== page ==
Mr ISAACS - If it is formed merely for the purpose of maintaining a fair and equitable price, such as the business will honestly bear, I have no hesitation in saying that it falls within the class of cases to which I have referred, and that its establishment constitutes no offence at all.


Mr Watson - We must take some power to deal with persons who might put a price of£5 per ton upon coal.


Mr ISAACS - Of course. If I rightly understand the position put by the honorable member for Newcastle, he need have no apprehension whatever that the definition of " commercial trust " will be applied to the case to which he has referred.


Mr McWilliams - But what if the combination unduly raises the price of coal to the consumers ?


Mr ISAACS - If it does that, not merely for the purpose of maintaining such a price as the business will honestly bear, but for the purpose of excluding legitimate competition, it will, of course, be hit by this Bill. But that fact does not depend upon the definition of a " commercial trust." The two things are entirely separate. The definition of a "commercial trust " does not enter into the question that has been raised by the honorable member for Newcastle in connexion with the coal difficulty, because that matter would fall within the purview of paragraph a of clause 4, with which the definition in question has nothing whatever to do.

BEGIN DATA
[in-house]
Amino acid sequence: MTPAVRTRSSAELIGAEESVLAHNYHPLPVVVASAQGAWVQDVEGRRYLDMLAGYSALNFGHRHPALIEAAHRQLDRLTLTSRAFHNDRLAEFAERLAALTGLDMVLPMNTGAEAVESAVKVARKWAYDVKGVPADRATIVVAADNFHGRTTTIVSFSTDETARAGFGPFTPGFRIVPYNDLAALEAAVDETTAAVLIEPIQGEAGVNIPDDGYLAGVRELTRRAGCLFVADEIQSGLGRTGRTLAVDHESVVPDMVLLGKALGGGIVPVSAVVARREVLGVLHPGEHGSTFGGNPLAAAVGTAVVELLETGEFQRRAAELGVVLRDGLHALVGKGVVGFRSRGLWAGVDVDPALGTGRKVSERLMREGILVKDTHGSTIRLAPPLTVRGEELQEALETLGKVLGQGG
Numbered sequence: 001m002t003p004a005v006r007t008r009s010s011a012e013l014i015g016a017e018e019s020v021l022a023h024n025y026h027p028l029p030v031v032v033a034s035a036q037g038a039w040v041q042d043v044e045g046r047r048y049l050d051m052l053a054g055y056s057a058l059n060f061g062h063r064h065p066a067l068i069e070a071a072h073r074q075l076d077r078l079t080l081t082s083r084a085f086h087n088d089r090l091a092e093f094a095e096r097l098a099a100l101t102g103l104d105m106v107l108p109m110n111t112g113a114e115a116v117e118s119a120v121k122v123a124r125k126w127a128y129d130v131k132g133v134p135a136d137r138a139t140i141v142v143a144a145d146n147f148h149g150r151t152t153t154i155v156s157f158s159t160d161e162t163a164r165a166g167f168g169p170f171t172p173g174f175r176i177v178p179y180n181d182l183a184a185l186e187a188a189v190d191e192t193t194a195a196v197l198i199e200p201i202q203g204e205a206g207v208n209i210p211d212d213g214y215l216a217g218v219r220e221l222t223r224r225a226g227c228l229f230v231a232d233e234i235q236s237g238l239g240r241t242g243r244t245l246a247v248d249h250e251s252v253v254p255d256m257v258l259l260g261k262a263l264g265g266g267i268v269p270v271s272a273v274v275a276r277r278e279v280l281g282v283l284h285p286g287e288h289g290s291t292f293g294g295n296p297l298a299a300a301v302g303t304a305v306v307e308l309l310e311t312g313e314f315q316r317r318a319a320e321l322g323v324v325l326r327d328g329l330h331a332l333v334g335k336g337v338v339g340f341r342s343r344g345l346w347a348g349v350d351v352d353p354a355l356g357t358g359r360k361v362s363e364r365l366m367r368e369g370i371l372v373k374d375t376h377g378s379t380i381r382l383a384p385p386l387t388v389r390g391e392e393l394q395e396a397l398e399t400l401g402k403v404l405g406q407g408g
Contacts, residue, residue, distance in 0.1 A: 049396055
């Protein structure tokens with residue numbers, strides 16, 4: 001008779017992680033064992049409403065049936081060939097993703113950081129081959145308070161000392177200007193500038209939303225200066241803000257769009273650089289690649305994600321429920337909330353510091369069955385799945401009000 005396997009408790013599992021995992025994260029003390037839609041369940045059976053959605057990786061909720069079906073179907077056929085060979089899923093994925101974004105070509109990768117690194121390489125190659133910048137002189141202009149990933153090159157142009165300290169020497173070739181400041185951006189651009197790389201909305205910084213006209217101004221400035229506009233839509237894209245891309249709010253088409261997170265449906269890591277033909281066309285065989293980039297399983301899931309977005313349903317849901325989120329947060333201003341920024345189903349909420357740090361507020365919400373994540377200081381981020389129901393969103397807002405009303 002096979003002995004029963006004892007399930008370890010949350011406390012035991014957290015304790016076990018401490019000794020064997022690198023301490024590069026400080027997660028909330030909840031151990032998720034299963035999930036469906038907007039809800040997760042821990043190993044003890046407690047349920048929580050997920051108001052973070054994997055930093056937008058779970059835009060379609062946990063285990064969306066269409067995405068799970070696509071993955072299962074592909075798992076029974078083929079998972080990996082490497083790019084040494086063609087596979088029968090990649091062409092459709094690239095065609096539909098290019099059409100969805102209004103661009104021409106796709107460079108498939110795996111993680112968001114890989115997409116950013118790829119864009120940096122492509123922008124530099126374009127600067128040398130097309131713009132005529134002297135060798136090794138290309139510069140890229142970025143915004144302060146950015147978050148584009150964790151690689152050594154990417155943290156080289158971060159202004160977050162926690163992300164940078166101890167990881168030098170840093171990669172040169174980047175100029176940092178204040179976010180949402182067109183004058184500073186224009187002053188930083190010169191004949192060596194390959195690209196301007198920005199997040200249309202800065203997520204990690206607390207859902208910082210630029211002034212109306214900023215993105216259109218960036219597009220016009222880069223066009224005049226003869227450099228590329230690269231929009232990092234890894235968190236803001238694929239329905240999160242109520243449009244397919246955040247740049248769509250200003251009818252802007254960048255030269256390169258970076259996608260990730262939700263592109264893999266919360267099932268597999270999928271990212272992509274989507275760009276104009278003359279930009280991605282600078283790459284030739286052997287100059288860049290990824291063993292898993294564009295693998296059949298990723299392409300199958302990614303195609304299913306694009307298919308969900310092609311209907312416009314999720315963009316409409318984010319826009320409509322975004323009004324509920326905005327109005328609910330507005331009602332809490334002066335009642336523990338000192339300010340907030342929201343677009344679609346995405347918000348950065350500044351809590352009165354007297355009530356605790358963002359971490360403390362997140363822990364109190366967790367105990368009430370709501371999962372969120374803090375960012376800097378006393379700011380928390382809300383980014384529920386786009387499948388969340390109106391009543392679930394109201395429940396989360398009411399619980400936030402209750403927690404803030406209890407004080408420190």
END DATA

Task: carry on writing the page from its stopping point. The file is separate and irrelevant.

Mr Johnson - How is the price which an article can honestly bear to be determined ?


Mr ISAACS - It can be determined only by the facts of the case. Of course, the guilt of the person must be proved, but in that relation there is no presumption whatever against the accused. The only presumption contained in the Bill is embodied in clause 6. In that provision there is a presumption of one inference only, and even then facts have to be proved to raise that inference. But in the case which we are now considering there is no presumption of any fact whatever against the accused. I think that I have now answered the question put to me in regard to the definition of a "commercial trust." If there is any other point upon which honorable members desire me to give more detailed information, I shall be happy to do my best to supply it.